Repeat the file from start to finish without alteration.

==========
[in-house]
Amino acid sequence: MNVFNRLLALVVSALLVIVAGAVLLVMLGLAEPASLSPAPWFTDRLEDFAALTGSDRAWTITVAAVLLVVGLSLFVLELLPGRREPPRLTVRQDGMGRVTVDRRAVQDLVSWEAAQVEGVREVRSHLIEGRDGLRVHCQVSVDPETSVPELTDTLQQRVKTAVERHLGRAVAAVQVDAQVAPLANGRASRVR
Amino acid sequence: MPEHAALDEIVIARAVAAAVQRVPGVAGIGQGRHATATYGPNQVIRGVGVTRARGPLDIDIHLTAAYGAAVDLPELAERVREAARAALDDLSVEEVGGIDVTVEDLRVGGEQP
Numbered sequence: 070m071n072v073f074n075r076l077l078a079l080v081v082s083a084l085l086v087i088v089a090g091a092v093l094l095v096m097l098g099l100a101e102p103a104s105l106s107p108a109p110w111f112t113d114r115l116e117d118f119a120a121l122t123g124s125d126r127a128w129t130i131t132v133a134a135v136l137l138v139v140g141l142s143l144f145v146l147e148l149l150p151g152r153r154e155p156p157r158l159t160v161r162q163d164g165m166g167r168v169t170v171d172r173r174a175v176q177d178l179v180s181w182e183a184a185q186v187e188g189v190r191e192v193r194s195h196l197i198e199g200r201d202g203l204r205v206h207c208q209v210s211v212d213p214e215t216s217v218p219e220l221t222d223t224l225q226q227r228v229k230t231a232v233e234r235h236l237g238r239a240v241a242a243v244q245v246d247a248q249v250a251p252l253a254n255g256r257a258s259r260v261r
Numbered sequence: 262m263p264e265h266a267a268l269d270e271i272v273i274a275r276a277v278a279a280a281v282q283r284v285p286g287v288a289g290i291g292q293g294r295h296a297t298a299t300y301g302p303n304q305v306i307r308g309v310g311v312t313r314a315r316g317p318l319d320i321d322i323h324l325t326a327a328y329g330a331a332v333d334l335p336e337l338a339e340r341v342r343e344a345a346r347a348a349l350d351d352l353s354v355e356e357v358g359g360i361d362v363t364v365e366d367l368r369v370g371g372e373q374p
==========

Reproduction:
[in-house]
Amino acid sequence: MNVFNRLLALVVSALLVIVAGAVLLVMLGLAEPASLSPAPWFTDRLEDFAALTGSDRAWTITVAAVLLVVGLSLFVLELLPGRREPPRLTVRQDGMGRVTVDRRAVQDLVSWEAAQVEGVREVRSHLIEGRDGLRVHCQVSVDPETSVPELTDTLQQRVKTAVERHLGRAVAAVQVDAQVAPLANGRASRVR
Amino acid sequence: MPEHAALDEIVIARAVAAAVQRVPGVAGIGQGRHATATYGPNQVIRGVGVTRARGPLDIDIHLTAAYGAAVDLPELAERVREAARAALDDLSVEEVGGIDVTVEDLRVGGEQP
Numbered sequence: 070m071n072v073f074n075r076l077l078a079l080v081v082s083a084l085l086v087i088v089a090g091a092v093l094l095v096m097l098g099l100a101e102p103a104s105l106s107p108a109p110w111f112t113d114r115l116e117d118f119a120a121l122t123g124s125d126r127a128w129t130i131t132v133a134a135v136l137l138v139v140g141l142s143l144f145v146l147e148l149l150p151g152r153r154e155p156p157r158l159t160v161r162q163d164g165m166g167r168v169t170v171d172r173r174a175v176q177d178l179v180s181w182e183a184a185q186v187e188g189v190r191e192v193r194s195h196l197i198e199g200r201d202g203l204r205v206h207c208q209v210s211v212d213p214e215t216s217v218p219e220l221t222d223t224l225q226q227r228v229k230t231a232v233e234r235h236l237g238r239a240v241a242a243v244q245v246d247a248q249v250a251p252l253a254n255g256r257a258s259r260v261r
Numbered sequence: 262m263p264e265h266a267a268l269d270e271i272v273i274a275r276a277v278a279a280a281v282q283r284v285p286g287v288a289g290i291g292q293g294r295h296a297t298a299t300y301g302p303n304q305v306i307r308g309v310g311v312t313r314a315r316g317p318l319d320i321d322i323h324l325t326a327a328y329g330a331a332v333d334l335p336e337l338a339e340r341v342r343e344a345a346r347a348a349l350d351d352l353s354v355e356e357v358g359g360i361d362v363t364v365e366d367l368r369v370g371g372e373q374p